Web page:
Distracted drivers are being identified by artificial intelligence in Edmonton

Artificial intelligence is currently being used in Edmonton as part of a research project to detect distracted driving.

On September 13, the University of Alberta launched this three-week research project to understand the prevalence of distracted drivers, particularly in Edmonton. The research team is led by Karim El-Basyouny, Professor in the Faculty of Engineering and Chair of Urban Traffic Safety Research at the University of Alberta. U of A research is done in partnership with Acusensus, the City of Edmonton and the Edmonton Police Service.

As of September 13, the technology has been stationed at its first location at the intersection of 79 Street and Argyll Road. According to El-Basyouny, it will be stationed there for about a week before moving to the next location, which is currently unknown. There will be three different locations in total, one for each week during this project.

El-Basyouny’s research is supported by a seed grant enabling the use of Acusensus technology. Although the Edmonton Police Service is collaborating with this project, the data collection will be used solely for research purposes and not for traffic enforcement.

According to Tony Parrino, general manager of Acusensus North America, Edmonton is the first city in Canada to trial Acusensus technology.

“Data on distracted driving in Canada was a bit patchy, [and] We don’t really understand how big the problem is… We’re trying to figure out if there’s a better way to understand how big the problem is [distracted driving] is,” explained El-Basyouny.

Lily Polenchuk Karim El-Basyouny (left) and Tony Parrino (right) stand in front of the technology used to identify distracted drivers at 79 Street and Argyll Road.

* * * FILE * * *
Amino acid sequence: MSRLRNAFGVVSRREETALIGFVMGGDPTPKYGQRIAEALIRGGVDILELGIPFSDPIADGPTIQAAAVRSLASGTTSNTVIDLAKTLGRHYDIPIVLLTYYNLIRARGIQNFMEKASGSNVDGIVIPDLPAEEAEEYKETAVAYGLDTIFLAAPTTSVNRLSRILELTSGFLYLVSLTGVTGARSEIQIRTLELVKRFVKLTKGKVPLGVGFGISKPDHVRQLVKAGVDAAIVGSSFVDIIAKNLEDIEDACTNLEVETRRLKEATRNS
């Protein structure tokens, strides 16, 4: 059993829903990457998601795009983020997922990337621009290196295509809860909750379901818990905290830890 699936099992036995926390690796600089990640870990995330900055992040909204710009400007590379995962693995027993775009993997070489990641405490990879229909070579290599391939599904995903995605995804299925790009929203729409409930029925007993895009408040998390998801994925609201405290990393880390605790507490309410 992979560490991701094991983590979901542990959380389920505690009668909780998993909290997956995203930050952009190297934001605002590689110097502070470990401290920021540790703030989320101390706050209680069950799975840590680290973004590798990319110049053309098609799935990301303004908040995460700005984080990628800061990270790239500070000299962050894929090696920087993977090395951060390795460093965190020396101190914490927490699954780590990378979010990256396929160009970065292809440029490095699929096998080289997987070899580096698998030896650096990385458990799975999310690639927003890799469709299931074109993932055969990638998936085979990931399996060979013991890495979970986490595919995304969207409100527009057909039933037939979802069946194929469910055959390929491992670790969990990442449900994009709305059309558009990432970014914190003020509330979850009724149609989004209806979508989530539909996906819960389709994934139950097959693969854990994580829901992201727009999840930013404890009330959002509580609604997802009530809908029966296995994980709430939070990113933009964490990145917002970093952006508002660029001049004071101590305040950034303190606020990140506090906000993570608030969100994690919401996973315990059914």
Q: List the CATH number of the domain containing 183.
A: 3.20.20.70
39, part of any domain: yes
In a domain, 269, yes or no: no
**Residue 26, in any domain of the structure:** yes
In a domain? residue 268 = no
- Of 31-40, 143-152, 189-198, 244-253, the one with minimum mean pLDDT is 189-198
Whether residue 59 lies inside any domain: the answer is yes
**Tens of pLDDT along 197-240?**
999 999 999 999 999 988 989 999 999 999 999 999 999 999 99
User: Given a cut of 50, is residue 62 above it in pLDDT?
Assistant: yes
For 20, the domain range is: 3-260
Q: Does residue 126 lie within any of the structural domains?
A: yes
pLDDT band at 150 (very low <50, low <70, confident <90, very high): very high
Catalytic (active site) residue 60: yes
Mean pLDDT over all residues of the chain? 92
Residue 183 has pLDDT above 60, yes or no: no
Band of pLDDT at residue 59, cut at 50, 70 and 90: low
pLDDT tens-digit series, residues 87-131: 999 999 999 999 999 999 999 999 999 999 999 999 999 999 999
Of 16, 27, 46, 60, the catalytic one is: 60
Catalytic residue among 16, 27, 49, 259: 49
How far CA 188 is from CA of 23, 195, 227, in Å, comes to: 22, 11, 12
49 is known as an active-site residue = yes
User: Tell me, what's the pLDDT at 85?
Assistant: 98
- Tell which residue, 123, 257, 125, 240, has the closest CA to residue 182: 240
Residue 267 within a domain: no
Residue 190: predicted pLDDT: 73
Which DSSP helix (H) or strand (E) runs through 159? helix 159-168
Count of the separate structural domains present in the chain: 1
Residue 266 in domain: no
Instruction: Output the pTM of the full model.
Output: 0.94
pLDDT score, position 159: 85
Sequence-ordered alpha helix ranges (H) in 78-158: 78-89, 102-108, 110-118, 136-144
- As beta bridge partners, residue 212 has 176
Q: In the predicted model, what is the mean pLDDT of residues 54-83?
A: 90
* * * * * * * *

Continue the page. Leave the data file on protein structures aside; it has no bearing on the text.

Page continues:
Acusensus AI technology is used to collect data

The technology used to determine the prevalence of distracted drivers is primarily AI. According to Parrino, the AI ​​went through “a series of training scenarios with millions of data points.”

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The system is radar based with many different sensors and four different cameras. Each camera captures something different; One captures a steep shot of the windshield, one camera is flat in the event of a phone-to-ear event, and the other two cameras are used for color context and license plate capture. The collected information is then passed on to the AI.

According to Parrino, even though the AI ​​has been trained for maximum accuracy, there is a possibility of false positives.

“It’s very accurate, but there are false alarms… 100 percent of the images captured are reviewed by trained people [who determine if] The criteria for the U of A are met to determine that a distracted driving event has occurred and only those are counted,” Parrino said.

The future use of this technology in Edmonton is unknown

Although Acusensus technology is being used for traffic enforcement in Australia, Parrino said it is not known if the technology will be used for traffic enforcement in Edmonton. To date, this research is used solely to see the prevalence of distracted drivers in Edmonton.

“I find [traffic enforcement] is an option available to us at [some] point in the future [however] it is not primarily the purpose of this study,” said El-Basyouny.

In a statement sent out Sept. 13, Jessica Lamarre, the City of Edmonton’s director of safe mobility, commented on the U of A’s research project.

“This project offers the opportunity to gain a better understanding of the prevalence and safety implications of distracted driving on our roads through the creative use of new technologies together with our talented research partners at the University of Alberta.”

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